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St. Petersburg Coastal and Marine Science Center > Coastal Change Hazards: Hurricanes and Extreme Storms

Coastal Change Hazards: Hurricanes and Extreme Storms

Coastal Change Probability

The coastal change probability is based on estimating the likelihood that the beach system will experience erosion and deposition patterns consistent with collision, overwash, or inundation regimes. The probabilities are estimated by calculating the difference between the model-derived total water levels (including storm surge and wave runup) and lidar-derived dune or berm elevations. Beach slopes (needed to estimate runup) are obtained from the lidar elevation data. The probability of COLLISION is computed as the likelihood that the total water level exceeds the elevation of the dune base. The probability of OVERWASH is computed as the likelihood that the total water level exceeds the elevation of the dune/berm crest. The probability of INUNDATION is computed as the likelihood that surge levels exceed the dune/berm crest elevation. Uncertainties considered arise from topographic elevation errors (e.g., lidar error and interpolation error) and errors associated with predicting wave runup elevations.

Generalized coastal change probability for a category 3 hurricane based on observed dune elevations and potential interactions with storm waves, runup, and surge.
Generalized coastal change probability for a category 3 hurricane based on observed dune elevations and potential interactions with storm waves, runup, and surge. The probabilities incorporate what is known and what is uncertain about the data, including uncertainties in dune elevations, beach slopes, waves, and storm surge. [larger version]

Methodology

Coastal change probabilities can be estimated prior to hurricane landfall using storm scenario information, and then updated as forecasts of a specific event become available. Prior to a storm event, predictions from the National Oceanic and Atmospheric Administration (NOAA) storm surge model (SLOSH) were used to simulate the surge resulting from numerous hypothetical hurricane landfall scenarios. The envelope representing the maximum simulated surge elevations was used to define a worst-case surge value at each location where potential coastal change is being evaluated. Predicted maximum wave heights at the 20-m depth contour along the area of interest are obtained from the NOAA WaveWatch3 model 7-day forecast and used to compute predicted runup elevations. Probabilities are updated using event-specific storm surge when NOAA operational surge forecasts become available.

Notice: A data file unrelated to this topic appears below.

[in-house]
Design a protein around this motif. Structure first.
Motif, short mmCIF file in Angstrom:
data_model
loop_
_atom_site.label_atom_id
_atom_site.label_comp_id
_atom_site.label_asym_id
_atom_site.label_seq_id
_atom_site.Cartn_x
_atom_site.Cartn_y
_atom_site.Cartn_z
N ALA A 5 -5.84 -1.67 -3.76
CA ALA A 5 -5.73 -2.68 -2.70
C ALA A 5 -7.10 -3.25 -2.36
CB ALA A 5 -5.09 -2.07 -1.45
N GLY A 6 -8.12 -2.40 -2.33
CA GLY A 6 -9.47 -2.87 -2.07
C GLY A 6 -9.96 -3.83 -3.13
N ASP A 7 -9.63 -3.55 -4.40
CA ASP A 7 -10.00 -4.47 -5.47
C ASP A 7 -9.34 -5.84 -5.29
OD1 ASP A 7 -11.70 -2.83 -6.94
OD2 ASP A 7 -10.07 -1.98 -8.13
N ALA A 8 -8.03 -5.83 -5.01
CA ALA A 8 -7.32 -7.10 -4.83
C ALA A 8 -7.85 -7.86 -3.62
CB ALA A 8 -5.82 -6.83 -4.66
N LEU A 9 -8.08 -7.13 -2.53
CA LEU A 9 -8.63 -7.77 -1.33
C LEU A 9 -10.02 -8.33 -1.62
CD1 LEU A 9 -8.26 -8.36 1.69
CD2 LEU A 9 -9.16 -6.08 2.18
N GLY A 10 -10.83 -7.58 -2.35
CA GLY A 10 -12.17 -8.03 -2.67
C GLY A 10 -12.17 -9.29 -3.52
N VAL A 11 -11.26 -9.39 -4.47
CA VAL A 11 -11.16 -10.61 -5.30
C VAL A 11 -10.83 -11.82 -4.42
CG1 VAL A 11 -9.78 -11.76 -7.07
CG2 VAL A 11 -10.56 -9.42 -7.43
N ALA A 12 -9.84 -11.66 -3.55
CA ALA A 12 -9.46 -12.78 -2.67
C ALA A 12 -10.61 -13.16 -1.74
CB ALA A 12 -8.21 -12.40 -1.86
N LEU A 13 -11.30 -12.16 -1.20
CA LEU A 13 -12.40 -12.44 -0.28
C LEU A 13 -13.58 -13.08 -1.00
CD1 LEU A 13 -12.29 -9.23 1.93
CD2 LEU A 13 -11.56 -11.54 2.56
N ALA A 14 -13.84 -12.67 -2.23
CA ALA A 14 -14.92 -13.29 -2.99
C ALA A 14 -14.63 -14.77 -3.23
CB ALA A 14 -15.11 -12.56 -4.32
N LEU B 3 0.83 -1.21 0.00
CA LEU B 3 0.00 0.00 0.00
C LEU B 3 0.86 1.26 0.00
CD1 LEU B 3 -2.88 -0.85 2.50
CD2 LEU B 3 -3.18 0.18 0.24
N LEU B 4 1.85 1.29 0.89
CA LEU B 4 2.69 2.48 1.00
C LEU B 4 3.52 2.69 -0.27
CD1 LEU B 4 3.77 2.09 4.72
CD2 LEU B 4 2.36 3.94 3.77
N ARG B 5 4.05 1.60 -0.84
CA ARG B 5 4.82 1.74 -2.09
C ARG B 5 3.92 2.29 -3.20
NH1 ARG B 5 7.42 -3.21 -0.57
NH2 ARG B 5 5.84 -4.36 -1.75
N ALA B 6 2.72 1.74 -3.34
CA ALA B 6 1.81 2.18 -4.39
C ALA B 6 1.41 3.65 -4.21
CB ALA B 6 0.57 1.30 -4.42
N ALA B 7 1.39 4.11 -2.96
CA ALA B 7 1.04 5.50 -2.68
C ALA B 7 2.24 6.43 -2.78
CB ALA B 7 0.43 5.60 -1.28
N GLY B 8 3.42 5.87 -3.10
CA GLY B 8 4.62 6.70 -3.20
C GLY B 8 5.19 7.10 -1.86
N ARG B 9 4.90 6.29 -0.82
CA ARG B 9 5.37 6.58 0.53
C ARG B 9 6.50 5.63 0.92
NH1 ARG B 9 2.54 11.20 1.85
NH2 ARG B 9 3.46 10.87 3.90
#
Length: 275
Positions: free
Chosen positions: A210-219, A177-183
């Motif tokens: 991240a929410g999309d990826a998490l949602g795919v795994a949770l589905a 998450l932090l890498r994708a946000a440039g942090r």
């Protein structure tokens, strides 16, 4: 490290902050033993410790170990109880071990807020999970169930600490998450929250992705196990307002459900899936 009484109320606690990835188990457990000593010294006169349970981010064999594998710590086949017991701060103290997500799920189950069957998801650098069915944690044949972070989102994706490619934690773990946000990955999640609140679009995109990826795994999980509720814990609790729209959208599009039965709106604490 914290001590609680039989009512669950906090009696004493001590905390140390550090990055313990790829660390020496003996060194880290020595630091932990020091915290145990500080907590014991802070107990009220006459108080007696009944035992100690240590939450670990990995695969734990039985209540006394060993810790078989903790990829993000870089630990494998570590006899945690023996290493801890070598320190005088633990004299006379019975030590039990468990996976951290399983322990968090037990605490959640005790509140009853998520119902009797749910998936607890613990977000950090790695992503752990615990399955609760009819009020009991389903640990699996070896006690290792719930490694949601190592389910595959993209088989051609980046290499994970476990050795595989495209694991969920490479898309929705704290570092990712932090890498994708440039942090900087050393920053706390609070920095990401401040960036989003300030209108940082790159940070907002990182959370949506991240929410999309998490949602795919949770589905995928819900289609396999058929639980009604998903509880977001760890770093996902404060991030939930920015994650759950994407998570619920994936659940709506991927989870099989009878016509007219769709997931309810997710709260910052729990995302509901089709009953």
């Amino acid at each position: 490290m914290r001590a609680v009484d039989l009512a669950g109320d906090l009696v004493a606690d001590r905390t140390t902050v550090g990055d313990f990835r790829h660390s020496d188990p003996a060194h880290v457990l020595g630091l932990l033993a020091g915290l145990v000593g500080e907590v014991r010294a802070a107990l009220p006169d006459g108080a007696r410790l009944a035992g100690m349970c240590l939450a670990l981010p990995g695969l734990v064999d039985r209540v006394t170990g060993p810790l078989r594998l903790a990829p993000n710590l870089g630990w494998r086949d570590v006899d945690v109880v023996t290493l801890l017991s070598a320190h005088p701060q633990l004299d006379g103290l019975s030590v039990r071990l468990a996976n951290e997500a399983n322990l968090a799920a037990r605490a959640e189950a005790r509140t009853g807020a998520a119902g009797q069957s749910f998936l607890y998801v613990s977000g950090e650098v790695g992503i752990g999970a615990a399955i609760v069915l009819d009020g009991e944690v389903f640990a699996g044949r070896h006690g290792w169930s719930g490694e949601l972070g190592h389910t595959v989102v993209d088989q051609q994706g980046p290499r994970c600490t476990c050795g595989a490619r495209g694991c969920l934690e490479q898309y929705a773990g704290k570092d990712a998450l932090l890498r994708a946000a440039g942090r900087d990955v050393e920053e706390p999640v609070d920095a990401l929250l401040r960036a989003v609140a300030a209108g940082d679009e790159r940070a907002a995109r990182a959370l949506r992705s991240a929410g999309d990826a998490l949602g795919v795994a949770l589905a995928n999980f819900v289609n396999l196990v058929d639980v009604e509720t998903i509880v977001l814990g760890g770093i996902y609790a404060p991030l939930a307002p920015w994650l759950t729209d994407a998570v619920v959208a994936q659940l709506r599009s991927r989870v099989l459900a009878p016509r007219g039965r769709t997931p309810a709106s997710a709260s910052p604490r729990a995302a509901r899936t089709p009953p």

A generalized estimate of each coastal change regime (collision, overwash, inundation) is determined for Category 1-5 hurricanes, based on predicted maximum surge and 2% exceedance of the runup elevations for each hurricane intensity category. These predictions are presented as five separate maps, each with three parallel color strips that are aligned with the coastline. Red colors indicate high probability and white indicate low probability. The probabilities can be interpreted as indicating that the specified coastal change regime is very likely (probability >90%), likely (>66%), about as likely as not (33% to 66%), unlikely (<33%), and very unlikely (<10%) given each hypothetical storm scenario (i.e., we consider the errors associated with the topography and its interaction with wave runup and do not factor in the probability of storm occurrence.)

This analysis assumes a hypothetical hurricane landfall scenario such that each location on the map would experience the most severe impacts that would be associated with the right front quadrant of the hurricane. In reality, the coastal change probabilities will be localized and will not occur along the entire stretch of coast for a single storm landfall. Furthermore, the computations assume landfall at mean astronomical tide. Landfall at high tide would lead to higher coastal change probabilities.

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St. Petersburg Coastal and Marine Science Center > Coastal Change Hazards: Hurricanes and Extreme Storms

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